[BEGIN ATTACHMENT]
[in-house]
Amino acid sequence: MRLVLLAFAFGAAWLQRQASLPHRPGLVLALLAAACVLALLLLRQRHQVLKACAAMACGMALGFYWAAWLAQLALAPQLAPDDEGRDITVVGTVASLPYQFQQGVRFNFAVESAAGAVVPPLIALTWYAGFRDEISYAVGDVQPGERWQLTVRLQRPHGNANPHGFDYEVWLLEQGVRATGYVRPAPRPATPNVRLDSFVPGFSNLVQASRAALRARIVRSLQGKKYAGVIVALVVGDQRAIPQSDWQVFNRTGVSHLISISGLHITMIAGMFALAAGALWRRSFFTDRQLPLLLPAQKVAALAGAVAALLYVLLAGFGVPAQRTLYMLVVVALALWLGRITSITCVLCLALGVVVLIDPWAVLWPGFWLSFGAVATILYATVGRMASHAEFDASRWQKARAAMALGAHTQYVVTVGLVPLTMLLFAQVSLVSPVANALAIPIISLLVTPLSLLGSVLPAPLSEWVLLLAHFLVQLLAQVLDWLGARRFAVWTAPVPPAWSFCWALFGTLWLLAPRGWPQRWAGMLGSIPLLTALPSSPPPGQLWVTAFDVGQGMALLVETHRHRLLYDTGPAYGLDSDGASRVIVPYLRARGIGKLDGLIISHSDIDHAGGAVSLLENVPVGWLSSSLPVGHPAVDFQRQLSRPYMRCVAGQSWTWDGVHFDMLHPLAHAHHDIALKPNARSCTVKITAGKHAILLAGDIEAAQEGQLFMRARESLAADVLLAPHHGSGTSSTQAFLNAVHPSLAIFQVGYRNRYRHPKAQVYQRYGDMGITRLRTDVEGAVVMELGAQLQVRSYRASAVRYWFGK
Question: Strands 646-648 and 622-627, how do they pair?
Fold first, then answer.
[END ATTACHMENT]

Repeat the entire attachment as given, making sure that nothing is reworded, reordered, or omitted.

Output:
[in-house]
Amino acid sequence: MRLVLLAFAFGAAWLQRQASLPHRPGLVLALLAAACVLALLLLRQRHQVLKACAAMACGMALGFYWAAWLAQLALAPQLAPDDEGRDITVVGTVASLPYQFQQGVRFNFAVESAAGAVVPPLIALTWYAGFRDEISYAVGDVQPGERWQLTVRLQRPHGNANPHGFDYEVWLLEQGVRATGYVRPAPRPATPNVRLDSFVPGFSNLVQASRAALRARIVRSLQGKKYAGVIVALVVGDQRAIPQSDWQVFNRTGVSHLISISGLHITMIAGMFALAAGALWRRSFFTDRQLPLLLPAQKVAALAGAVAALLYVLLAGFGVPAQRTLYMLVVVALALWLGRITSITCVLCLALGVVVLIDPWAVLWPGFWLSFGAVATILYATVGRMASHAEFDASRWQKARAAMALGAHTQYVVTVGLVPLTMLLFAQVSLVSPVANALAIPIISLLVTPLSLLGSVLPAPLSEWVLLLAHFLVQLLAQVLDWLGARRFAVWTAPVPPAWSFCWALFGTLWLLAPRGWPQRWAGMLGSIPLLTALPSSPPPGQLWVTAFDVGQGMALLVETHRHRLLYDTGPAYGLDSDGASRVIVPYLRARGIGKLDGLIISHSDIDHAGGAVSLLENVPVGWLSSSLPVGHPAVDFQRQLSRPYMRCVAGQSWTWDGVHFDMLHPLAHAHHDIALKPNARSCTVKITAGKHAILLAGDIEAAQEGQLFMRARESLAADVLLAPHHGSGTSSTQAFLNAVHPSLAIFQVGYRNRYRHPKAQVYQRYGDMGITRLRTDVEGAVVMELGAQLQVRSYRASAVRYWFGK
Question: Strands 646-648 and 622-627, how do they pair?
Fold first, then answer.